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Wednesday, October 29, 2008

From Mongolia to Malaysia a democratic headache

In the name of democracy, it is now possible to burn, to launch sex scandals and to kill people to establish regimes – the like in Iraq and Afghanistan – when the US too want to pursue a maddening concept that seems to be in rejection in many parts of the world.

The charred shells of two Soviet-style buildings rising from the center of this capital stand as a warning of the dangers of mixing vodka with voter frustration. Video’s of intimidation and election fraud in Zimbabwe confirms the bad omens of the democratic system in Africa. From Asia to the Middle East and Africa, democracy is taking a beating.

In Egypt, the democratic system is such that a one man show decides who will be the President of the country. The sole candidate will apparently get 98% of votes in the elections and the results are appreciated by Washington and London, claiming it is a democratic exercise. In Zimbabwe, a solo show by Robert Mugabe – the former rebel fighter turned President – is condemned by the West, calling it a sham elections. Double measure is used in deciding which one of the two solo election processes are democratic.

Now, with an election in dispute, Mongolia's fledgling democracy faces its biggest challenge since its birth in 1990. Did the Mongolian people really need an election to choose their leaders? There was fraud in parliamentary elections, accusations disputed by international election observers. Normally observation teams would claim there were fraudulent practices in elections in some countries but in Mongolia they said no, there were no frauds.

In Kenya, thousands lost their lives last year and the scourge of a bad democratic choice is still haunting the people of Nairobi and its suburbs. Nairobi can be a very beautiful place if elections are not the cause of rioting. It has been a peaceful and fast developing centre in Africa, a capital that was worth its position as a progressive one in a country where autocracy was the rule.

Things have changed in Nairobi after the elections rioting and the country remain divided over the choice of leaders to run the country.

In Malaysia, the democratic process took place in March this year with the ruling coalition the Barisan National (BN) taking a beating, shocking its leaders with the opposition taking 5 states and thinning the BN’s usual 2/3rd majority in Parliament. The impact of this drastic cut in the powers of the government has resulted in a massive public spat between government and opposition leaders. Sex accusations and statutory declarations are flying across the board at warp speed and it appears there will be no end to this in the short term.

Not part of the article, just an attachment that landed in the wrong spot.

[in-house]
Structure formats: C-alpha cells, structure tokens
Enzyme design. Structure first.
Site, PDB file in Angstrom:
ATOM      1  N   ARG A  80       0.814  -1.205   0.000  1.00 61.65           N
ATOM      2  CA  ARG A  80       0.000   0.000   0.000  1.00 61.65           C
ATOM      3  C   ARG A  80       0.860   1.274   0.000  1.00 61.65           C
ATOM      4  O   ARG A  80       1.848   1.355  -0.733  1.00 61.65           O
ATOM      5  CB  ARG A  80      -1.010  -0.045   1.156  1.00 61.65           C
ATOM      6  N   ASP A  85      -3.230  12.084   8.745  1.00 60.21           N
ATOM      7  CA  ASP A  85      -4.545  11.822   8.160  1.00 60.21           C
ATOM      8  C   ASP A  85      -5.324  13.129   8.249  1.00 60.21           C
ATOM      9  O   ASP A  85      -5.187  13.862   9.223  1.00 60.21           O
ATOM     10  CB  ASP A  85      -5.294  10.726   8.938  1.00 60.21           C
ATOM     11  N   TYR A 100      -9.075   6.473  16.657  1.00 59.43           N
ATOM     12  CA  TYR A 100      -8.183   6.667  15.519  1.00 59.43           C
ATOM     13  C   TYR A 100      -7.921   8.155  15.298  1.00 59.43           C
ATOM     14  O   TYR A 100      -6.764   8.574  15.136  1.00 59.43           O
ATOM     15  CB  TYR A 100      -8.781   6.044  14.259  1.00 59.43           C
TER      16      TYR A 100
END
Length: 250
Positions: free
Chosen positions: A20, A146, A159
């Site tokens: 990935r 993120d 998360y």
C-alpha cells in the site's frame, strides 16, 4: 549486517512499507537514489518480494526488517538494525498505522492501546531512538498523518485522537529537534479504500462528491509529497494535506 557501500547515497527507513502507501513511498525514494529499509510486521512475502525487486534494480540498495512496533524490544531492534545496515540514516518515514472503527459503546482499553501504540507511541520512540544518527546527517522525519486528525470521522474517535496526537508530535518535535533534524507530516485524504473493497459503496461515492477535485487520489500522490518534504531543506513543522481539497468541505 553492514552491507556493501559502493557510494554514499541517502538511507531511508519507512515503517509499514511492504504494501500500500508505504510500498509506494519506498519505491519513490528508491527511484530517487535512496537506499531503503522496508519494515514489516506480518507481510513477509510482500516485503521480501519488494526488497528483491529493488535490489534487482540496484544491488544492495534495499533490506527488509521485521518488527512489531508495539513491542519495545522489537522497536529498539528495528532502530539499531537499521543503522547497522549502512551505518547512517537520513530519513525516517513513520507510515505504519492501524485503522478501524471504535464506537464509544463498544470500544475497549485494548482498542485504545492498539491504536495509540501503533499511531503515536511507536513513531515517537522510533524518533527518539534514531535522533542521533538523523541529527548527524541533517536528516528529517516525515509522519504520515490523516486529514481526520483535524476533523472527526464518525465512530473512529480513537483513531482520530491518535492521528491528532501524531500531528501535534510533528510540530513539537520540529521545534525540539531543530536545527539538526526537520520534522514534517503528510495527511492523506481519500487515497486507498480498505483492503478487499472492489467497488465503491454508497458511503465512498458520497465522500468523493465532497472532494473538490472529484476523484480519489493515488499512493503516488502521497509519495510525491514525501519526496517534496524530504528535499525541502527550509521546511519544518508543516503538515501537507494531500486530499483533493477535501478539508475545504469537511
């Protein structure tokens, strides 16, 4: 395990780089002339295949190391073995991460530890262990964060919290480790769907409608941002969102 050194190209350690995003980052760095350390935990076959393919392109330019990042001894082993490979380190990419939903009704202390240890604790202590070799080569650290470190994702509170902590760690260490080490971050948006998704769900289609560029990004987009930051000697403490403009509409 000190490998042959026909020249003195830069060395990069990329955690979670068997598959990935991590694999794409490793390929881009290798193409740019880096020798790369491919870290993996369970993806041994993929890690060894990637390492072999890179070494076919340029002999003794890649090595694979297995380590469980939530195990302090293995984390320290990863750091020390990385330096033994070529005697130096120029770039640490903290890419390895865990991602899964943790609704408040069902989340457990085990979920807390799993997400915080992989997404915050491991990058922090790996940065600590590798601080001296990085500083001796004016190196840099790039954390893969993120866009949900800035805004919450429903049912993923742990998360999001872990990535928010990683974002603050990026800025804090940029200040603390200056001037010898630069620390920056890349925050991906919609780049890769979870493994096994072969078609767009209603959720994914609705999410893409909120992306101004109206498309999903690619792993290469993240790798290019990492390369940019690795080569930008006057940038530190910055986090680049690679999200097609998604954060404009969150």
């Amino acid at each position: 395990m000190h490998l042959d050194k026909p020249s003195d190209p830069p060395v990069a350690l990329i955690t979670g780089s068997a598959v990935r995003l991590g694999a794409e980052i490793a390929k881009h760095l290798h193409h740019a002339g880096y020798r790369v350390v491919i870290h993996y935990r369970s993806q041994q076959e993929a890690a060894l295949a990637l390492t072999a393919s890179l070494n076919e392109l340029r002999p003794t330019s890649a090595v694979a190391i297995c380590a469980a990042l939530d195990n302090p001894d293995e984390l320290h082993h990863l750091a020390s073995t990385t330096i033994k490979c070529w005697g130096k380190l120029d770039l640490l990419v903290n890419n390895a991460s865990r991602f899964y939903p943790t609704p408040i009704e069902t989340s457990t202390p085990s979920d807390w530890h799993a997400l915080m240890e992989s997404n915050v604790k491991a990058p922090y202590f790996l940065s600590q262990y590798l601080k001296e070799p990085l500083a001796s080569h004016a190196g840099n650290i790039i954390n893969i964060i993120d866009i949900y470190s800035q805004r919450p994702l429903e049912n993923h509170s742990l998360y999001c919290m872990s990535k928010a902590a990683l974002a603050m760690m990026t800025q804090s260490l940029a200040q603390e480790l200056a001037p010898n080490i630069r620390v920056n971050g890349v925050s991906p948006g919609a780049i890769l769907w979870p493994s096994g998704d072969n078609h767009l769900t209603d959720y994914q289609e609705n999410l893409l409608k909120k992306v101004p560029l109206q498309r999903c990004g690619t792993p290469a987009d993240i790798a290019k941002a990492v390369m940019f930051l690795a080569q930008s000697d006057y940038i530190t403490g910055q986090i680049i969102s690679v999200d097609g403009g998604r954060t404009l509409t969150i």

In Singapore, the authorities are worried and are working out plans on how to prevent the Internet from influencing the decision of voters. In the last General Elections in 2007, the opposition parties won more than 45% of votes, a feat not always seen in Singapore. If this percentage increases, the opposition may end up with much more seats in Parliament, a situation that the ruling People’s Action Party (PAP) does not want to happen.

Lee Kuan Yew recently said that in a very open democratic system, there were the risks that a weak opposition come to power and ruins the advancement achieved by a responsible government. He clearly said that Singapore could not afford an ‘open’ democratic system, urging the current government of Singapore to keep a tab on the media and on the internet for the sake of not ruining the country.

In Bangkok, Thailand the new government is hanging to power on a thread with threats of a coup flying over the airwaves and in the media like never before. There is always a denial either by the powerful military or by the government itself that a coup is in the making. The same situation is now apparent in Turkey where a pro-Islamic regime headed by Prime Minister Recep Tayyip Erdogan is facing disbanding over a constitutional matter. The Turkish democracy is not what we see in Europe or in the US and not even like the one in India or Indonesia. It is a pretty controlled democracy where the army has the right to disband a political party if it feels necessary.

Erdogan’s party is facing disbandment while police arrested at least two influential army generals on suspicion of staging a coup against the ruling government. A court case is the latest faceoff between Islamist- leaning groups and secularists that stretches back to the end of World War II. A defeat for Erdogan, 54, would put Turkey's six- decade-old democracy in uncharted territory by shutting down a party that was re-elected with 47 percent of the vote last year, the largest plurality in more than four decades.

Malaysia is heading for a massive clash between the opposition and the government on major policy issues and on crime and sex charges that have sent the country into shame. Mongolians burnt arts and precious treasures to protest against a ‘democratic’ system. The Zimbabwe people are crushed by Mugabe’s own political agenda – that is fighting against British influence in his country.

Written by Kazi Mahmood

Courtesy : WorldFuturesInfo

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